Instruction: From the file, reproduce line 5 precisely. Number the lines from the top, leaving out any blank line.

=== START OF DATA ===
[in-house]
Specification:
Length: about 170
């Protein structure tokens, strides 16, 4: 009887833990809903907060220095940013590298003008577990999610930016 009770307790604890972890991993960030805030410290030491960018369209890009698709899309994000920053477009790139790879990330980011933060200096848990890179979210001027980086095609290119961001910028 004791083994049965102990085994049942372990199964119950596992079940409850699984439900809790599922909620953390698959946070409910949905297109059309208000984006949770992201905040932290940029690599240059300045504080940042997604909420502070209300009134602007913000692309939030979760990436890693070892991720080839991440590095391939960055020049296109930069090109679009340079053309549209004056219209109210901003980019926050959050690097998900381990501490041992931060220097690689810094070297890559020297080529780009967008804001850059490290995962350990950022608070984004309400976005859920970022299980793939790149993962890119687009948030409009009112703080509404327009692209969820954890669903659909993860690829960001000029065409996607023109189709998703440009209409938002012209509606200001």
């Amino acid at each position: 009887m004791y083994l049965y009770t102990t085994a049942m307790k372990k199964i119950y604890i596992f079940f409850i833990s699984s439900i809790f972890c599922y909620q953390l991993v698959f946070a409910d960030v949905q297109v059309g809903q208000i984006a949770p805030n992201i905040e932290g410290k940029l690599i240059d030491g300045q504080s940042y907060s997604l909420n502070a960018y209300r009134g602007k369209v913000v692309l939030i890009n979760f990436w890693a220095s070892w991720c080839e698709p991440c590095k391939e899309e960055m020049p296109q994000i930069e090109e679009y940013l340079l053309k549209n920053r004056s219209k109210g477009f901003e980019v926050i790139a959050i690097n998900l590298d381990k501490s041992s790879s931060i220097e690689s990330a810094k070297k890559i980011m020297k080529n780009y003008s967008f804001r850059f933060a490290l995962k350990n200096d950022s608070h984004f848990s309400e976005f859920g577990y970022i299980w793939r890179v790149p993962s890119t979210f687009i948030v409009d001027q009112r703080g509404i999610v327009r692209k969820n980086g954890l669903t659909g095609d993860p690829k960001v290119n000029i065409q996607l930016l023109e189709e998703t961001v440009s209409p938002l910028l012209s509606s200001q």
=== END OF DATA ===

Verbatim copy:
């Amino acid at each position: 009887m004791y083994l049965y009770t102990t085994a049942m307790k372990k199964i119950y604890i596992f079940f409850i833990s699984s439900i809790f972890c599922y909620q953390l991993v698959f946070a409910d960030v949905q297109v059309g809903q208000i984006a949770p805030n992201i905040e932290g410290k940029l690599i240059d030491g300045q504080s940042y907060s997604l909420n502070a960018y209300r009134g602007k369209v913000v692309l939030i890009n979760f990436w890693a220095s070892w991720c080839e698709p991440c590095k391939e899309e960055m020049p296109q994000i930069e090109e679009y940013l340079l053309k549209n920053r004056s219209k109210g477009f901003e980019v926050i790139a959050i690097n998900l590298d381990k501490s041992s790879s931060i220097e690689s990330a810094k070297k890559i980011m020297k080529n780009y003008s967008f804001r850059f933060a490290l995962k350990n200096d950022s608070h984004f848990s309400e976005f859920g577990y970022i299980w793939r890179v790149p993962s890119t979210f687009i948030v409009d001027q009112r703080g509404i999610v327009r692209k969820n980086g954890l669903t659909g095609d993860p690829k960001v290119n000029i065409q996607l930016l023109e189709e998703t961001v440009s209409p938002l910028l012209s509606s200001q």